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Charter School Admission Becoming a Matter of Luck

The state caps the number of charter schools and more parents see the option for their kids.

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WAKE FOREST, N.C. — Hundreds of parents in the Triangle are turning to charter schools to educate their children. These free public schools don't require any bond dollars to build, but school districts pay for children to attend them and there is a cap on how many the state allows.

Some local leaders say it would make sense now to change the rules.

So do some parents.

Juliet Connoll will be playing a lottery Tuesday, though that wouldn’t be her choice.

"I've got my fingers crossed- I've got everyone that I know crossing their fingers," she said Monday. She's not crossing her fingers with dollar signs in mind, however. She's gambling on schooling.

"We're hoping for entry... into Franklin Academy," Connoll explains.

Her daughters are two of a record 1,520 students applying for acceptance at the Franklin Academy Charter School in Wake Forest. Connell is a substitute teacher there.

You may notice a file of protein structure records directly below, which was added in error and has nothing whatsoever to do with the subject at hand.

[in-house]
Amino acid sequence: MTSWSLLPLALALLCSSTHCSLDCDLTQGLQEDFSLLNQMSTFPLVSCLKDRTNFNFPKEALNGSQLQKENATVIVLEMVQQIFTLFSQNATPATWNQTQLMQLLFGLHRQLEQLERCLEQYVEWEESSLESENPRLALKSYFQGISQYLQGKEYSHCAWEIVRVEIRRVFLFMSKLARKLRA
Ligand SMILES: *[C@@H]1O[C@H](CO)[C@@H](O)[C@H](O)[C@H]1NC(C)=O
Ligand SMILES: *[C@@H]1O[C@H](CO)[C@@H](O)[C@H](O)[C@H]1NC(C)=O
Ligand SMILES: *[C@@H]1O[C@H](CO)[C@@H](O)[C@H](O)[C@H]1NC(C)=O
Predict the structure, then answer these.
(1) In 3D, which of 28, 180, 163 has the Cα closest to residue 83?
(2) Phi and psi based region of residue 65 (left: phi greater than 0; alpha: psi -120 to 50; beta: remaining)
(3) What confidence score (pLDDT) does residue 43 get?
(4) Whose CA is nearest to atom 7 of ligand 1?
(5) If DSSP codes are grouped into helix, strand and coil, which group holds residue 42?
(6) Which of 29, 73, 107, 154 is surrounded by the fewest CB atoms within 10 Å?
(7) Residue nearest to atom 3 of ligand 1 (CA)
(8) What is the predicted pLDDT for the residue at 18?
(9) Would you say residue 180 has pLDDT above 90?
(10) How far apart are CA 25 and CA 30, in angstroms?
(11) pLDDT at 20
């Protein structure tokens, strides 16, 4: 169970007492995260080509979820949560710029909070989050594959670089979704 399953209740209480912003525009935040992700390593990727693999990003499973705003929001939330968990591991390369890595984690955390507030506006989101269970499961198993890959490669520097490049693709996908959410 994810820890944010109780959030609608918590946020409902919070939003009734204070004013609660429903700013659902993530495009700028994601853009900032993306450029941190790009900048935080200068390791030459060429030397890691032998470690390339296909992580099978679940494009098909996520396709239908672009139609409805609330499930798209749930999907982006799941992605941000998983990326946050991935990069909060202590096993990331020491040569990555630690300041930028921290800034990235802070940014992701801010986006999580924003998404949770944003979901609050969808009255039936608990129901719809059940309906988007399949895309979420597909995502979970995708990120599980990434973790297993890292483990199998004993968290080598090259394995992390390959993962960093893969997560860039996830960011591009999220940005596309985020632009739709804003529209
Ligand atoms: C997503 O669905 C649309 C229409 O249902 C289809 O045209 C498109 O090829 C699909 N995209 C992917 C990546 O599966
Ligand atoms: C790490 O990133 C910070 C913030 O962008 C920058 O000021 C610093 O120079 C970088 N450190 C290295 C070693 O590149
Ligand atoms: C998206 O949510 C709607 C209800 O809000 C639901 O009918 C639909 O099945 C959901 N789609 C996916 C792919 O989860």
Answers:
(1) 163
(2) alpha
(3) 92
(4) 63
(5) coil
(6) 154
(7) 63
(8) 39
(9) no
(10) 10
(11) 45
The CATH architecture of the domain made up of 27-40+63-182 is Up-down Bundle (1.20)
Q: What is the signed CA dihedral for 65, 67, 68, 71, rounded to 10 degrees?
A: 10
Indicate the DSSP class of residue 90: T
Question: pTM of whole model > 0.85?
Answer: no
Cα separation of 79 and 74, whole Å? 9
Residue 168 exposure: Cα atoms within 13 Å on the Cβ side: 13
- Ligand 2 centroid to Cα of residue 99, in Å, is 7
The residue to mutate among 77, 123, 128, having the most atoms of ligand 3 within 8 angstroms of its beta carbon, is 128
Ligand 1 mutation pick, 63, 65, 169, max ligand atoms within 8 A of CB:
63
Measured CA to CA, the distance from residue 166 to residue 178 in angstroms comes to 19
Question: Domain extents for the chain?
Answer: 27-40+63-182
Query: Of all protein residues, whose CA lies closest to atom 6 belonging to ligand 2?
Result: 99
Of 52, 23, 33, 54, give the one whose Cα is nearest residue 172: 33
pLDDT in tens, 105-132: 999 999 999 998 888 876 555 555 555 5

Only 101 new students will be accepted to Franklin Academy next year and as charter schools become more and more popular, Wake County leaders and administrators here want to change state policy.

"With the number of applications we have, we could open up another school our size. However, the state does cap the number of charters in this state. It also caps how large we can grow each year," Franklin Administrator Denise Kent explained.

She said she supports lobbying the state Legislature to lift North Carolina's cap on charter schools. The arguments against charter schools have been that they drain local resources and that they deplete the student population in regular schools.

"By raising the cap, you're giving parents the opportunities to choose and give them a choice and help alleviate some of the overcrowding in Wake County," Kent said.

Currently, charter schools are capped at 100. There are 94 operating in North Carolina.

Soon, the state will reach the limit, and parents like Connell won't have any safe bets.


Dan Bowens, Reporter
Keith Baker, Photographer
Ron Gallagher, Web Editor

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